Photograph by Tom Vezo, Minden Pictures/Nat Geo Image Collection
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An Inca dove perches on a log in the Rio Grande Valley in Texas.

Photograph by Tom Vezo, Minden Pictures/Nat Geo Image Collection

Inca Dove

About the Inca Dove

The conspicuously long-tailed, small dove is encountered in urban areas of the Southwest near the Mexican border. Monotypic. Length 8.3".


A small gray dove with black fringes on the feathers of both the upper and underparts forming an obvious “scaled” appearance. In flight, shows chestnut on the upper and underside of the wing like common ground-dove; however, also shows prominent white edges on the long tail. Adult male: crown and face pale blue-gray and breast tinged lightly with pink; iris reddish; narrow eye ring blue-gray; bill blackish; and feet bright red. Adult female: similar, but duller on head and breast. Juvenile: duller with a slight brownish tinge overall, and “scaling” less noticeable.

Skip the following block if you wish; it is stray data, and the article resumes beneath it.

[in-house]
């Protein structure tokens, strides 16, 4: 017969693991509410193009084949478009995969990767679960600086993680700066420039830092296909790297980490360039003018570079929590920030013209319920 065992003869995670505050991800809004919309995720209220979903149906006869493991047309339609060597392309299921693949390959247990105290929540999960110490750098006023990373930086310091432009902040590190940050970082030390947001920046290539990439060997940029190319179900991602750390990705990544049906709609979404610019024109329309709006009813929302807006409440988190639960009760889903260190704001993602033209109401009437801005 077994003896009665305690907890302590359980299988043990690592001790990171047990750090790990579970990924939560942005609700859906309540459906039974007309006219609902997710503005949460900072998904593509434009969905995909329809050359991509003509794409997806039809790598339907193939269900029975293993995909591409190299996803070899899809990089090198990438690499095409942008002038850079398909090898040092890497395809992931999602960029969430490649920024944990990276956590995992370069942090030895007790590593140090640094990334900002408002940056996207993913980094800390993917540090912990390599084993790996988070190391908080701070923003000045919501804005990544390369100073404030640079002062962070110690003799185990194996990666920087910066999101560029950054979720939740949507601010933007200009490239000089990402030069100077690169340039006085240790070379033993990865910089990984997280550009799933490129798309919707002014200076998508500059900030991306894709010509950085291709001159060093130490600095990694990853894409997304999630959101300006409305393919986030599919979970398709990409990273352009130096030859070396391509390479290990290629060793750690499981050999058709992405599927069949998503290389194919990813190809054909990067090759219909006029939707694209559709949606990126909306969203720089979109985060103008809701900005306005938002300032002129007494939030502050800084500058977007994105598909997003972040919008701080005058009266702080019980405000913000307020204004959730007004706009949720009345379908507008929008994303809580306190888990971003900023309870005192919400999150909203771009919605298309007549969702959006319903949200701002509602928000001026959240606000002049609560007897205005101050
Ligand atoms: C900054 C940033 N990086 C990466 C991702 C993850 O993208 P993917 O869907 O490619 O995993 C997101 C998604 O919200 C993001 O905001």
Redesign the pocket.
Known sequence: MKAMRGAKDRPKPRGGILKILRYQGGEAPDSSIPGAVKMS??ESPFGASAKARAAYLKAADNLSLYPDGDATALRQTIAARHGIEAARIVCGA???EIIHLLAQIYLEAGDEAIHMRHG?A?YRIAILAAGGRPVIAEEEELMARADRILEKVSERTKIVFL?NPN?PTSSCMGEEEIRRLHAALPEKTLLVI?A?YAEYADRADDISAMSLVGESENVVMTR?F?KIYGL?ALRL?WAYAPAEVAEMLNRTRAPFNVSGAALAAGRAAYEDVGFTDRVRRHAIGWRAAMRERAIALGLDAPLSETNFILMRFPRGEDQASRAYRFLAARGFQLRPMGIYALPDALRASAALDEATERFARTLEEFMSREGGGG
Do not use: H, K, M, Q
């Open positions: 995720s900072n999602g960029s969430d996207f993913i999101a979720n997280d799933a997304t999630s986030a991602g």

Similar Species

Its long tail provides a very different shape from that of the ground-dove, but beware of the Inca dove’s regrowing lost tail; it can be mistaken for a ground-dove, and the dark bill along with black on the underwing coverts could lead the unwary to identify such a bird as a ruddy ground-dove. The scaling of the upperparts is unique.


Call: a long series of disyllabic kooo-poo that can be interpreted as “no hope.”

Status and Distribution

Common resident across the southern U.S. from southern Nevada to western Louisiana; primarily around human habitation and in city parks. Terrestrial, feeding on the ground; fairly tame, and easily observed. Breeding: nest is a small fragile floor of twigs placed in a low bush or shrub; bears 2 white eggs; 2–3 broods each year. Migration: resident, but species expanding range northward, especially in the far west. Vagrant: casual to southern Utah, Nebraska, and Arkansas; also recorded in North Dakota and Ontario.

—From the National Geographic book Complete Birds of North America, 2006